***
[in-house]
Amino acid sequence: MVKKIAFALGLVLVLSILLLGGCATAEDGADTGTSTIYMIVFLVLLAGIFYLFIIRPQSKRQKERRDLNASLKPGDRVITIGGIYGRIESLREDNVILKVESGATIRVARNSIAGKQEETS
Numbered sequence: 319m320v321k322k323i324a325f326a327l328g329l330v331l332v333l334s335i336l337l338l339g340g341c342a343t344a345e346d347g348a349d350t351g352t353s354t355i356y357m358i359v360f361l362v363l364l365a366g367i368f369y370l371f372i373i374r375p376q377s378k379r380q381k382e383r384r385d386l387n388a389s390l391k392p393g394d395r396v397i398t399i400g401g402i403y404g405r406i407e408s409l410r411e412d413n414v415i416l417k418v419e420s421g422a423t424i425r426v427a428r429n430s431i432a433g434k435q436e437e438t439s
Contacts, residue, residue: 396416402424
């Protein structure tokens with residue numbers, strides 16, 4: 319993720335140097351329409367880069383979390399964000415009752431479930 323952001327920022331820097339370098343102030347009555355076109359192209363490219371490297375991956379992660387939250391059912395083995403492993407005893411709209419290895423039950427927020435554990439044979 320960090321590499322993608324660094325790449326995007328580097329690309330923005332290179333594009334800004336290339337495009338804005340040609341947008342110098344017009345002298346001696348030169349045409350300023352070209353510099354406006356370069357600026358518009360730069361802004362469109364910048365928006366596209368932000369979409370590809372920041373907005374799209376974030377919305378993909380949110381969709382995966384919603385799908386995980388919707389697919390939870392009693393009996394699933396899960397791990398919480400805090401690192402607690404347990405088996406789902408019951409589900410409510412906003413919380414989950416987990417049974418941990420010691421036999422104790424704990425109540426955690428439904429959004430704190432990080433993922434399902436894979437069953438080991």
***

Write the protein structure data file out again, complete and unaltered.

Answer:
[in-house]
Amino acid sequence: MVKKIAFALGLVLVLSILLLGGCATAEDGADTGTSTIYMIVFLVLLAGIFYLFIIRPQSKRQKERRDLNASLKPGDRVITIGGIYGRIESLREDNVILKVESGATIRVARNSIAGKQEETS
Numbered sequence: 319m320v321k322k323i324a325f326a327l328g329l330v331l332v333l334s335i336l337l338l339g340g341c342a343t344a345e346d347g348a349d350t351g352t353s354t355i356y357m358i359v360f361l362v363l364l365a366g367i368f369y370l371f372i373i374r375p376q377s378k379r380q381k382e383r384r385d386l387n388a389s390l391k392p393g394d395r396v397i398t399i400g401g402i403y404g405r406i407e408s409l410r411e412d413n414v415i416l417k418v419e420s421g422a423t424i425r426v427a428r429n430s431i432a433g434k435q436e437e438t439s
Contacts, residue, residue: 396416402424
């Protein structure tokens with residue numbers, strides 16, 4: 319993720335140097351329409367880069383979390399964000415009752431479930 323952001327920022331820097339370098343102030347009555355076109359192209363490219371490297375991956379992660387939250391059912395083995403492993407005893411709209419290895423039950427927020435554990439044979 320960090321590499322993608324660094325790449326995007328580097329690309330923005332290179333594009334800004336290339337495009338804005340040609341947008342110098344017009345002298346001696348030169349045409350300023352070209353510099354406006356370069357600026358518009360730069361802004362469109364910048365928006366596209368932000369979409370590809372920041373907005374799209376974030377919305378993909380949110381969709382995966384919603385799908386995980388919707389697919390939870392009693393009996394699933396899960397791990398919480400805090401690192402607690404347990405088996406789902408019951409589900410409510412906003413919380414989950416987990417049974418941990420010691421036999422104790424704990425109540426955690428439904429959004430704190432990080433993922434399902436894979437069953438080991």